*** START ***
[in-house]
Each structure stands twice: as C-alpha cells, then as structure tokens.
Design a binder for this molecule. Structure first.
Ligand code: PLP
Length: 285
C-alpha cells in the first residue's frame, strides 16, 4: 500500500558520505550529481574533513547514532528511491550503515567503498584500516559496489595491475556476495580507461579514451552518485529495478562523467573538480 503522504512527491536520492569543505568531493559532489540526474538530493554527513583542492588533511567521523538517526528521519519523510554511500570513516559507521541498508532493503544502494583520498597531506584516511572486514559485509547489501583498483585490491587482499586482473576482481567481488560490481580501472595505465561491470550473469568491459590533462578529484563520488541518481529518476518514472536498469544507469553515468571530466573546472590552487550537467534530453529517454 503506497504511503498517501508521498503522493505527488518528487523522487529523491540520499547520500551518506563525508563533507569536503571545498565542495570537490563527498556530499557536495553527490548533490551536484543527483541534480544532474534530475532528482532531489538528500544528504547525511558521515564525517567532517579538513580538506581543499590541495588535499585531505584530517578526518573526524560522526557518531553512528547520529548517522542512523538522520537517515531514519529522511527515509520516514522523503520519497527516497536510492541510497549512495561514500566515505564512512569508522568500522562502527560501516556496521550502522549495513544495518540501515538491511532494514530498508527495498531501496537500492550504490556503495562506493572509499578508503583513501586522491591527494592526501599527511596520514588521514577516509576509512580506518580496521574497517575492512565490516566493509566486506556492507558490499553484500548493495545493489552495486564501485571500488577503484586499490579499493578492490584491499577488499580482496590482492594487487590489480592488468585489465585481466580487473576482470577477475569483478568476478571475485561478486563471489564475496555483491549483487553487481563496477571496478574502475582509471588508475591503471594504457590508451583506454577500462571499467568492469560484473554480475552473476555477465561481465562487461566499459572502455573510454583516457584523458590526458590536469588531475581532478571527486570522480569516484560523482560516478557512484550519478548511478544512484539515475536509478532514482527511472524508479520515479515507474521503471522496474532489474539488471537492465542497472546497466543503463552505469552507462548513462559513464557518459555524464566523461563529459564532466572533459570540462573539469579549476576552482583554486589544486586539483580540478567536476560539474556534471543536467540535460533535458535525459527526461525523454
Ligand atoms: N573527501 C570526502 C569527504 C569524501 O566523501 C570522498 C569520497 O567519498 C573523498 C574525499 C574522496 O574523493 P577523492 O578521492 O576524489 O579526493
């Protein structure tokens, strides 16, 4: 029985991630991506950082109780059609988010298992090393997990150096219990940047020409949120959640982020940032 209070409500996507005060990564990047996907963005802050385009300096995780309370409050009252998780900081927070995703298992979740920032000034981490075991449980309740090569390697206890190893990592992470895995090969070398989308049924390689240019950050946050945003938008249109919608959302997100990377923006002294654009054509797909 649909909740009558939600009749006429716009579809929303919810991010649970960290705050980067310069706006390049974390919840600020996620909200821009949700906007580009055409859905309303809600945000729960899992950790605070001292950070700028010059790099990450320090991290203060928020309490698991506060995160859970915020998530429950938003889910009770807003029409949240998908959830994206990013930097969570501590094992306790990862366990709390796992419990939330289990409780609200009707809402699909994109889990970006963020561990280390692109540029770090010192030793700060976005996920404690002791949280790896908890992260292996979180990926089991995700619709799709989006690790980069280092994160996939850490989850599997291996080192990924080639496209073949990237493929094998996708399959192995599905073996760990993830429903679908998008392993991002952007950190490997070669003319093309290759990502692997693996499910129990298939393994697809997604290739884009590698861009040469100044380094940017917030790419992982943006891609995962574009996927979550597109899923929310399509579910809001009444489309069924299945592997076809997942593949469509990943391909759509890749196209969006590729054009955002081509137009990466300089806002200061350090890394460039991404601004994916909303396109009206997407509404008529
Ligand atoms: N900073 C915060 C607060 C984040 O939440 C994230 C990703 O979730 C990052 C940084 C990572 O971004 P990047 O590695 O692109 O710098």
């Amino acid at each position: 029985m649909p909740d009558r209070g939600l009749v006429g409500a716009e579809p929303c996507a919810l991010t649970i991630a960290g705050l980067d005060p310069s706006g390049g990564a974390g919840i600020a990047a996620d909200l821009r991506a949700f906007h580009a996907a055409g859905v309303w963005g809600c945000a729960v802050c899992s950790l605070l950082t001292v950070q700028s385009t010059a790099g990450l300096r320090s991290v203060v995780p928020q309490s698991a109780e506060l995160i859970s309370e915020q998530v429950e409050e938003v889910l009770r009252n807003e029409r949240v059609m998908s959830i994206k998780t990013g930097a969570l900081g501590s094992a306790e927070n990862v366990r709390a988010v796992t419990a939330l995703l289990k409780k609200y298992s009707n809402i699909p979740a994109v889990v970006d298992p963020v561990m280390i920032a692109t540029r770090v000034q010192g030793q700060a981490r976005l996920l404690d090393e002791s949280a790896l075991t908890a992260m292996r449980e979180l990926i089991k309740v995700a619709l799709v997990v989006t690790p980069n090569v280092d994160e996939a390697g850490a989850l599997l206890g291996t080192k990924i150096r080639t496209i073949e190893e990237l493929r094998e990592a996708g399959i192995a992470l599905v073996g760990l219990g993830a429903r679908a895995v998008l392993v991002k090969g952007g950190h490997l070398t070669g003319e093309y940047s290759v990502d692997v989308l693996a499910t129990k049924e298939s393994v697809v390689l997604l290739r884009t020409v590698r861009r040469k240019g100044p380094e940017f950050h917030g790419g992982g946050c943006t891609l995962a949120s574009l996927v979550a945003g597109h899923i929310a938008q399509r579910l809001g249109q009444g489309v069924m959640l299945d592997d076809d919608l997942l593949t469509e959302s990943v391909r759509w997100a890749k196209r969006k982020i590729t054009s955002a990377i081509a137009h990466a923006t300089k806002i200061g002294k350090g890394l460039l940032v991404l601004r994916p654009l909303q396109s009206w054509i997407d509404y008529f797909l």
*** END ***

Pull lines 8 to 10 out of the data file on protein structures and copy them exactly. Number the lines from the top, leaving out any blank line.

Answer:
């Protein structure tokens, strides 16, 4: 029985991630991506950082109780059609988010298992090393997990150096219990940047020409949120959640982020940032 209070409500996507005060990564990047996907963005802050385009300096995780309370409050009252998780900081927070995703298992979740920032000034981490075991449980309740090569390697206890190893990592992470895995090969070398989308049924390689240019950050946050945003938008249109919608959302997100990377923006002294654009054509797909 649909909740009558939600009749006429716009579809929303919810991010649970960290705050980067310069706006390049974390919840600020996620909200821009949700906007580009055409859905309303809600945000729960899992950790605070001292950070700028010059790099990450320090991290203060928020309490698991506060995160859970915020998530429950938003889910009770807003029409949240998908959830994206990013930097969570501590094992306790990862366990709390796992419990939330289990409780609200009707809402699909994109889990970006963020561990280390692109540029770090010192030793700060976005996920404690002791949280790896908890992260292996979180990926089991995700619709799709989006690790980069280092994160996939850490989850599997291996080192990924080639496209073949990237493929094998996708399959192995599905073996760990993830429903679908998008392993991002952007950190490997070669003319093309290759990502692997693996499910129990298939393994697809997604290739884009590698861009040469100044380094940017917030790419992982943006891609995962574009996927979550597109899923929310399509579910809001009444489309069924299945592997076809997942593949469509990943391909759509890749196209969006590729054009955002081509137009990466300089806002200061350090890394460039991404601004994916909303396109009206997407509404008529
Ligand atoms: N900073 C915060 C607060 C984040 O939440 C994230 C990703 O979730 C990052 C940084 C990572 O971004 P990047 O590695 O692109 O710098």
């Amino acid at each position: 029985m649909p909740d009558r209070g939600l009749v006429g409500a716009e579809p929303c996507a919810l991010t649970i991630a960290g705050l980067d005060p310069s706006g390049g990564a974390g919840i600020a990047a996620d909200l821009r991506a949700f906007h580009a996907a055409g859905v309303w963005g809600c945000a729960v802050c899992s950790l605070l950082t001292v950070q700028s385009t010059a790099g990450l300096r320090s991290v203060v995780p928020q309490s698991a109780e506060l995160i859970s309370e915020q998530v429950e409050e938003v889910l009770r009252n807003e029409r949240v059609m998908s959830i994206k998780t990013g930097a969570l900081g501590s094992a306790e927070n990862v366990r709390a988010v796992t419990a939330l995703l289990k409780k609200y298992s009707n809402i699909p979740a994109v889990v970006d298992p963020v561990m280390i920032a692109t540029r770090v000034q010192g030793q700060a981490r976005l996920l404690d090393e002791s949280a790896l075991t908890a992260m292996r449980e979180l990926i089991k309740v995700a619709l799709v997990v989006t690790p980069n090569v280092d994160e996939a390697g850490a989850l599997l206890g291996t080192k990924i150096r080639t496209i073949e190893e990237l493929r094998e990592a996708g399959i192995a992470l599905v073996g760990l219990g993830a429903r679908a895995v998008l392993v991002k090969g952007g950190h490997l070398t070669g003319e093309y940047s290759v990502d692997v989308l693996a499910t129990k049924e298939s393994v697809v390689l997604l290739r884009t020409v590698r861009r040469k240019g100044p380094e940017f950050h917030g790419g992982g946050c943006t891609l995962a949120s574009l996927v979550a945003g597109h899923i929310a938008q399509r579910l809001g249109q009444g489309v069924m959640l299945d592997d076809d919608l997942l593949t469509e959302s990943v391909r759509w997100a890749k196209r969006k982020i590729t054009s955002a990377i081509a137009h990466a923006t300089k806002i200061g002294k350090g890394l460039l940032v991404l601004r994916p654009l909303q396109s009206w054509i997407d509404y008529f797909l």